Changes in Interchange Fees Affect Consumers, Retailers, and Banks

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Retail lobbyists fought hard to win a limit on interchange fees - the charge retailers pay to banks to process debit card transactions. Their victory may backfire: Banks are now threatening to limit debit card transactions to $50-$100.

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Last December, the Federal Reserve proposed to cap debit card swipe fees at 12 cents per transaction, a surprisingly sharp decrease from the current fee that averages between 1 and 2 percent of a transaction. Merchants fought hard for this limit on interchange fees, but in the end, it could backfire on retailers and consumers. Even the Federal Reserve governors are now questioning the impact this bill will make on consumers.

On Wednesday, a subcommittee of the House Committee on Financial Services will explore the impact of the Dodd-Frank legislation, including the decrease in interchange fees. The Federal Reserve Board will issue final rules for the interchange fee standards in April, and the new rules should go into effect in July.

Banks aren’t accepting this huge cut in revenue without a fight and are trying to delay the deadline. According to ABC News, some big banks – including Bank of America, Citigroup, and JP Morgan Chase – might limit each debit card purchase to $50 or $100 if Congress accepts the new rules for swipe fees. This could be a scare tactic by banks, but banks have proved again and again that regulations that cost them will eventually be passed on to consumers.

Debit card limits might force consumers to use checks, cash, or credit cards for larger purchases. In the very near future, $100 might only cover a tank of gas for some consumers.

“Limiting debit card usage would be a big blow for consumers,” says Bill Hardekopf, CEO of and author of The Credit Card Guidebook. “Turning to credit card usage for large purchases could quickly push cardholders to the credit limit. It could significantly increase the balance they carry from month to month, costing them dearly in interest penalties and possibly even hurting their credit score.”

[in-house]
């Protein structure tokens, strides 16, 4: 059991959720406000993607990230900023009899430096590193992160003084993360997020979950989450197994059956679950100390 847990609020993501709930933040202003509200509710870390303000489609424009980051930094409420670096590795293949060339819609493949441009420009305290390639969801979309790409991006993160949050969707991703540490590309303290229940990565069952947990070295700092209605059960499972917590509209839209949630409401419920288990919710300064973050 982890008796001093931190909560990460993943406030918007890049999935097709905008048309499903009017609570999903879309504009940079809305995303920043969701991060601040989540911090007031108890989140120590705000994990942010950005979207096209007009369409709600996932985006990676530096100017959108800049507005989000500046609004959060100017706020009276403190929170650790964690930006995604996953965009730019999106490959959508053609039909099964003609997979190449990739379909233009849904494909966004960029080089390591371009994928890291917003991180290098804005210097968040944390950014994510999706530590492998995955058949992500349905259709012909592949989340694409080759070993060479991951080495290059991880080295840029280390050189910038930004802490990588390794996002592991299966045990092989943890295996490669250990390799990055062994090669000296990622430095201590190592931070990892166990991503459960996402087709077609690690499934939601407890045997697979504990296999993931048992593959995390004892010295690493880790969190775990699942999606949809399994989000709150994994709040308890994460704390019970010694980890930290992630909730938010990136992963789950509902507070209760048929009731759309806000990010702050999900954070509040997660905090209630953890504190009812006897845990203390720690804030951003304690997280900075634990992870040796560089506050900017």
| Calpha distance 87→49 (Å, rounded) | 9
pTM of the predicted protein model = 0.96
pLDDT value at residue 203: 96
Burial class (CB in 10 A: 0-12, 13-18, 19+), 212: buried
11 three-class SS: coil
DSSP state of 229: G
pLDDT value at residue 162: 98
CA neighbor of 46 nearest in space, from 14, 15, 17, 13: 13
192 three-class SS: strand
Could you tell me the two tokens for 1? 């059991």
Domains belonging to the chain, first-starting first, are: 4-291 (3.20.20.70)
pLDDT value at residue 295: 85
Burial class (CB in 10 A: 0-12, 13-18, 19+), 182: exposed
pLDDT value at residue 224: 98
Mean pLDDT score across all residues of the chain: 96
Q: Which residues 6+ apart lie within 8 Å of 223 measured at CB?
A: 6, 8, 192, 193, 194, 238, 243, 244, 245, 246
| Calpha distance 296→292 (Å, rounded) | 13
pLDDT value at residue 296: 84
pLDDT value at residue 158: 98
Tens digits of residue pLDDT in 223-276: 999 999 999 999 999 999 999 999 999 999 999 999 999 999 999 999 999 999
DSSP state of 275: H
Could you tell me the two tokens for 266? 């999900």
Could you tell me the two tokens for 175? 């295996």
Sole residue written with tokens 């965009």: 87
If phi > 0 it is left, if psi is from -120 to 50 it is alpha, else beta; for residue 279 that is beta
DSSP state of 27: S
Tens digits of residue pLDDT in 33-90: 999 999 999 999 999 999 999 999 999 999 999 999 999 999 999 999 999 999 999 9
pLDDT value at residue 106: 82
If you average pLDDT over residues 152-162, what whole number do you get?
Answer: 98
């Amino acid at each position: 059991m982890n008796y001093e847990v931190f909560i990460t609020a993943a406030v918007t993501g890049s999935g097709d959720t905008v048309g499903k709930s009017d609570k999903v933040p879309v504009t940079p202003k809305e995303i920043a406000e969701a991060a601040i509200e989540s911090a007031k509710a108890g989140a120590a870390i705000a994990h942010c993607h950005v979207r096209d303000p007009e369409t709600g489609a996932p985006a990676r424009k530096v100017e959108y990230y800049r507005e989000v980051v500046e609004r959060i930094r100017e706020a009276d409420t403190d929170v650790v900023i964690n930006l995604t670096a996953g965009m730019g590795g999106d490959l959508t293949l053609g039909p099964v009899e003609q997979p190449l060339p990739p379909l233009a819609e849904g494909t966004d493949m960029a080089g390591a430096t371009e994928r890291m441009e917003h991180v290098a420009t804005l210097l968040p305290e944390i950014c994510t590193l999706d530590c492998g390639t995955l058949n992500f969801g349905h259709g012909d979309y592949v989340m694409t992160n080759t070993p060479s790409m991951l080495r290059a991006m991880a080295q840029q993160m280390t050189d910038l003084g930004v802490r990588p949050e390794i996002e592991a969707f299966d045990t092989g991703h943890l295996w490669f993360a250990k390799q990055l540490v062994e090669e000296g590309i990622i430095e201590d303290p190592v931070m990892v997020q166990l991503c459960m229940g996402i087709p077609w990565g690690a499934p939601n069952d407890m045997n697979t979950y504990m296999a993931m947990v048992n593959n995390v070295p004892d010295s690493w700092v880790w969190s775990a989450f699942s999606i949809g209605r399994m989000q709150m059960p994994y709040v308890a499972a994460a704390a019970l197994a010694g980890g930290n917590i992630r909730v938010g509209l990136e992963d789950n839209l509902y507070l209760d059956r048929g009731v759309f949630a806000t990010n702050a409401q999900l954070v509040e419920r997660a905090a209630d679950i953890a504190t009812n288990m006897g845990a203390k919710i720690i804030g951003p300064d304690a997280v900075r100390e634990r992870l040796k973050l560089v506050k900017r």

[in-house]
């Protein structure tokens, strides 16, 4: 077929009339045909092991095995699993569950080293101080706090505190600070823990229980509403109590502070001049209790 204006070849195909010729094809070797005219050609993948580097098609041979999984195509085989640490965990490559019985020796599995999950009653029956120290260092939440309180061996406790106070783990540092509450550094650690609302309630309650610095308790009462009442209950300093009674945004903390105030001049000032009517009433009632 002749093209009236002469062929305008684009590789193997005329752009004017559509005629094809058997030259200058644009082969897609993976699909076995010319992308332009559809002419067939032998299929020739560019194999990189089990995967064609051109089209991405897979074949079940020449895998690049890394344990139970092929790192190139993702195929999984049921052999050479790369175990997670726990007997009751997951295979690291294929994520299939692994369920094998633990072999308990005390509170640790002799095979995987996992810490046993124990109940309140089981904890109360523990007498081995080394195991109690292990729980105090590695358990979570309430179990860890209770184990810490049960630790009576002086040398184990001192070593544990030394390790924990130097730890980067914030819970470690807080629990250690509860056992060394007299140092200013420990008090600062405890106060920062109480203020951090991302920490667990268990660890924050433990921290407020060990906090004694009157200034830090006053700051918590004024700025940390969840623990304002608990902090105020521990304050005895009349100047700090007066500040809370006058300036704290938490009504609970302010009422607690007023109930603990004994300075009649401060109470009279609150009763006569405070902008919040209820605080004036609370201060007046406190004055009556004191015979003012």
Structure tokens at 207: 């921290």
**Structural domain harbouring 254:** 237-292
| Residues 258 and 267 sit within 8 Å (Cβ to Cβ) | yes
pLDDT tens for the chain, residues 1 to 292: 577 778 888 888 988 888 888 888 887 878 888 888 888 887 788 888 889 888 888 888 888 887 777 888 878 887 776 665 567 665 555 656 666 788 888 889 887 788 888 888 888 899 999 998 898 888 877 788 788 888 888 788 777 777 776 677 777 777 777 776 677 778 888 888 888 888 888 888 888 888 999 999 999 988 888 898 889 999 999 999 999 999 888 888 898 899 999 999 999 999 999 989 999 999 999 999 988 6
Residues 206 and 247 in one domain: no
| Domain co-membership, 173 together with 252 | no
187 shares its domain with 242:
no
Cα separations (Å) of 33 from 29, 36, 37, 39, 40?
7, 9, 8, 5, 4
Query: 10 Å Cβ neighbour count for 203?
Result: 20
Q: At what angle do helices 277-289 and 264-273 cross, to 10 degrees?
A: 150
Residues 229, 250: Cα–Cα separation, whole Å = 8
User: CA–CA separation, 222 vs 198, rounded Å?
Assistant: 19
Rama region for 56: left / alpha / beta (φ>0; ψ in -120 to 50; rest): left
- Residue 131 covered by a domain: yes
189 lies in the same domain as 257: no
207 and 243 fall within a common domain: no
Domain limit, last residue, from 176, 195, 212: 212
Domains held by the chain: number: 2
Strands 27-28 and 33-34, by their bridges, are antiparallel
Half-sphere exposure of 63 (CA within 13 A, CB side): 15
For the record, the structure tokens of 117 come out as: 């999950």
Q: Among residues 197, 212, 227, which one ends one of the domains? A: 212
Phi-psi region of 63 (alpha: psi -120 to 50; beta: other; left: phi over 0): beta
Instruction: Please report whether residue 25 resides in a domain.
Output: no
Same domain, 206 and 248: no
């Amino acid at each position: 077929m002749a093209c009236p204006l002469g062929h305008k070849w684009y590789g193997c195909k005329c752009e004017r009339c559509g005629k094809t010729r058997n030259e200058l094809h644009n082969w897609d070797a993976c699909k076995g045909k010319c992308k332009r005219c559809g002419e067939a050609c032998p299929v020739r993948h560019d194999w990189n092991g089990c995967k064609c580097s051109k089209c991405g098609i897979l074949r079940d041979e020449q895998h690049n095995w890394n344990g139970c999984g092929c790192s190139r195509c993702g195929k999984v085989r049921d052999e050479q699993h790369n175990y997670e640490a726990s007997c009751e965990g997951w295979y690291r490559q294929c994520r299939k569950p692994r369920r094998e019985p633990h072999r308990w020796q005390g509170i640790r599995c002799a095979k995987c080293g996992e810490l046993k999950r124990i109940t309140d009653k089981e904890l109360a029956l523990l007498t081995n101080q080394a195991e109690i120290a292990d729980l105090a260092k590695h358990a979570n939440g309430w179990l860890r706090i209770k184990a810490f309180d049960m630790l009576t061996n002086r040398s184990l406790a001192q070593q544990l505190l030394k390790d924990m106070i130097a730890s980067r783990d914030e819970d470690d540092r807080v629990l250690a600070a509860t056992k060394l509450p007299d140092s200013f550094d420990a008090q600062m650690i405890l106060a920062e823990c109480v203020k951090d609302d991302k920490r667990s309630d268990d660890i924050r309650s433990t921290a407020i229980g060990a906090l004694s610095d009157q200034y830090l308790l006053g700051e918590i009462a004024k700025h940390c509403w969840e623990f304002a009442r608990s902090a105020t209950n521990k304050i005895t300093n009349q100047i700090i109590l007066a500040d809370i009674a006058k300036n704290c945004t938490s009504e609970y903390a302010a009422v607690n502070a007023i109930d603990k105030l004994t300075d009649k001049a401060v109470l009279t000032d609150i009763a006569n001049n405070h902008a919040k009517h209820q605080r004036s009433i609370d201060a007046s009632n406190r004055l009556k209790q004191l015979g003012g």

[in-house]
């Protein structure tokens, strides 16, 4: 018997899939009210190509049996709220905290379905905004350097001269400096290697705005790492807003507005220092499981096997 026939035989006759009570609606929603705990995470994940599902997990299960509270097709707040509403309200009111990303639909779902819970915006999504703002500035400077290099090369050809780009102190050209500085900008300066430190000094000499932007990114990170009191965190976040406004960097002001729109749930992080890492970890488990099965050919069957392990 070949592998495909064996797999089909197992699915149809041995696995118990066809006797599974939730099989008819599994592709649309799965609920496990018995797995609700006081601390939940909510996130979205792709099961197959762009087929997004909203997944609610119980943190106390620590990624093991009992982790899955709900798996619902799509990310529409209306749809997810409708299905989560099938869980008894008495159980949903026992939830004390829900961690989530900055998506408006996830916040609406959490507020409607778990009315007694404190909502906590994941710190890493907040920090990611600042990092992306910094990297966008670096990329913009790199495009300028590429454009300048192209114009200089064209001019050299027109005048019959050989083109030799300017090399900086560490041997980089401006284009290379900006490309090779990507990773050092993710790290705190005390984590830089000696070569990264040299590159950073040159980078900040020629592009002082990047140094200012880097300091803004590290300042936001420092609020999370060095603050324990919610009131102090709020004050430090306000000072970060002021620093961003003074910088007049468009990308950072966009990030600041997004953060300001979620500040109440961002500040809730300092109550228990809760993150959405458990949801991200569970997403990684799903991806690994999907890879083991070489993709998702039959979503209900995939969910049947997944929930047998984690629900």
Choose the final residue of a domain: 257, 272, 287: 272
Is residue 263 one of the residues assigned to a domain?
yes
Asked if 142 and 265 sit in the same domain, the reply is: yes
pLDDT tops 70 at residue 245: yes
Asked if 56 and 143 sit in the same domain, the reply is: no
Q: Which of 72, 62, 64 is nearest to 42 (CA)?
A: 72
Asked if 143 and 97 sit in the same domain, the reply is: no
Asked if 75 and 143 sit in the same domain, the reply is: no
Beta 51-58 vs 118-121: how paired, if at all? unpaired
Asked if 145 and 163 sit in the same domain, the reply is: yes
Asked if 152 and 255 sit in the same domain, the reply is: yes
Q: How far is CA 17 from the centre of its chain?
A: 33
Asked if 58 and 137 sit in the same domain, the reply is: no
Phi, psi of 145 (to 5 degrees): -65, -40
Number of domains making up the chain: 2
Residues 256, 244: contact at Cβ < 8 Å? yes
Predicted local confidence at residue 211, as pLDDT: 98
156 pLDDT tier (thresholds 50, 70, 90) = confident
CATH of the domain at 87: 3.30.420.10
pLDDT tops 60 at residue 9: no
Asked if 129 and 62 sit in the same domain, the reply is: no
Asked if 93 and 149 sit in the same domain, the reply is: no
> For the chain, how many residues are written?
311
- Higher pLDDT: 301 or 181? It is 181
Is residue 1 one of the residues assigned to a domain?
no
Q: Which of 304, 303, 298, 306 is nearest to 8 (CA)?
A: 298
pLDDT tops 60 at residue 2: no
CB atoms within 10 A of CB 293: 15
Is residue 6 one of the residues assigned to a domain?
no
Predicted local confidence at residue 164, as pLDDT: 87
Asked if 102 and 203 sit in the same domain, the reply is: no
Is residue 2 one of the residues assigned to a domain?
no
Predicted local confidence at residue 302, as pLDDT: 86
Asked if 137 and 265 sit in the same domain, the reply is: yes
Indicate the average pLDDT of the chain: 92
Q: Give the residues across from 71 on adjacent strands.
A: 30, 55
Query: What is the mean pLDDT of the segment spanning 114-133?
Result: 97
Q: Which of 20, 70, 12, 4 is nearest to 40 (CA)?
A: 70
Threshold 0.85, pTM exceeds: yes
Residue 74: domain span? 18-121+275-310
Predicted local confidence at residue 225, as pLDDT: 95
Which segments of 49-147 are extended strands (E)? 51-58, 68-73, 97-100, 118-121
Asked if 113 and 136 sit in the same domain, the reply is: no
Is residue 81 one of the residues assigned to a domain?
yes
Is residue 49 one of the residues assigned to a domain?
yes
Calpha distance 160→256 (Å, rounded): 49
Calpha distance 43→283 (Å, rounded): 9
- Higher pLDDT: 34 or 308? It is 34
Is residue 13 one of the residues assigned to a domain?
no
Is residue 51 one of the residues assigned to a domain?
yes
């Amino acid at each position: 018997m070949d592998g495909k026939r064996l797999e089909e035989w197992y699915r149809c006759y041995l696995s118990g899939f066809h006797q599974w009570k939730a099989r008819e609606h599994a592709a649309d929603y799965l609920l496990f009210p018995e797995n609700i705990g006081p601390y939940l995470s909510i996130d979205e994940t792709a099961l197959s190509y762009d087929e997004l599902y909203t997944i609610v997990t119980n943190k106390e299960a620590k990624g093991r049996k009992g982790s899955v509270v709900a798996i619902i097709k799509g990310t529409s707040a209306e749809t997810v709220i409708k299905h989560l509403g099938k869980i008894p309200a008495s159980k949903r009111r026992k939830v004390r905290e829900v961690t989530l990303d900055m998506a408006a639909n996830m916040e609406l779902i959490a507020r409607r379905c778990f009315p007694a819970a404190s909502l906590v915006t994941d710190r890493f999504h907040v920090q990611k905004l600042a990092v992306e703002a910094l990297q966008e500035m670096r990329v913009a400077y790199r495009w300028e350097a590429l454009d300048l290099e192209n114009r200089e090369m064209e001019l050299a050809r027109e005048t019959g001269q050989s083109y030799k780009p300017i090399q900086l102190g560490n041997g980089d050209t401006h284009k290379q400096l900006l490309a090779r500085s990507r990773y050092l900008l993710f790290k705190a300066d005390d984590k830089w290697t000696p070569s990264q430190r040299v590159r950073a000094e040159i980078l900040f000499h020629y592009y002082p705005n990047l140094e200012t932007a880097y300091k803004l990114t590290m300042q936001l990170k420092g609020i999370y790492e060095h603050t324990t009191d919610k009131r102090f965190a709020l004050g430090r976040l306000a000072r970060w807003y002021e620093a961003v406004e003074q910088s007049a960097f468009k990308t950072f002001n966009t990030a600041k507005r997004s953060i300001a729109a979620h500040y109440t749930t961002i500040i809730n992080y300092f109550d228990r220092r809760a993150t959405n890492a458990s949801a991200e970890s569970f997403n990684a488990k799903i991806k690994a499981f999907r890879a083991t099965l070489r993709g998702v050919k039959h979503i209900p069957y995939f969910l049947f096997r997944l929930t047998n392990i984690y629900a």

If consumers turn to cash, this could lower sales volume for retailers since consumers spend less when they pay with cash. Even checks, which require writing out the full amount, would provide a small warning about overspending.

“The pain is real when you have to hand over hard-earned dollars,” says Hardekopf. “When you pay with cash, you are more likely to only buy what you need. Returning to cash would hurt the retailers but would actually be good for the household budget.”

A cap on debit cards could also minimize the growth and usage of smartphones for electronic payments. The debit limit cap is part of the Dodd-Frank financial reform law. Banks charge as much as 2 percent for interchange fees. The National Retail Federation estimates that debit card fees total about $20 billion annually. Bank of America, the biggest issuer of debit cards, said last year that the fee limits could cost the bank between $1.8 billion to $2.3 billion each year.

When banks lose revenue in one area, it is consumers who usually pay the price. This can come in the form of new fees or a cut in benefits or rewards. Many banks are already adding new fees to bank accounts in response to other regulations.

There is still time for a surprise ending. According to the Associated Press, the Federal Reserve told Congress last Thursday that it may reconsider its proposal to limit the fee that banks charge merchants for debit card. Fed Board member Sarah Bloom Raskin told the House Committee on Financial Services that the Fed has received thousands of comments on the proposal and expects many more. She also said the Fed was uncertain about how much of the savings would be passed to consumers and how much banks would boost their fees.

Stacy Johnson

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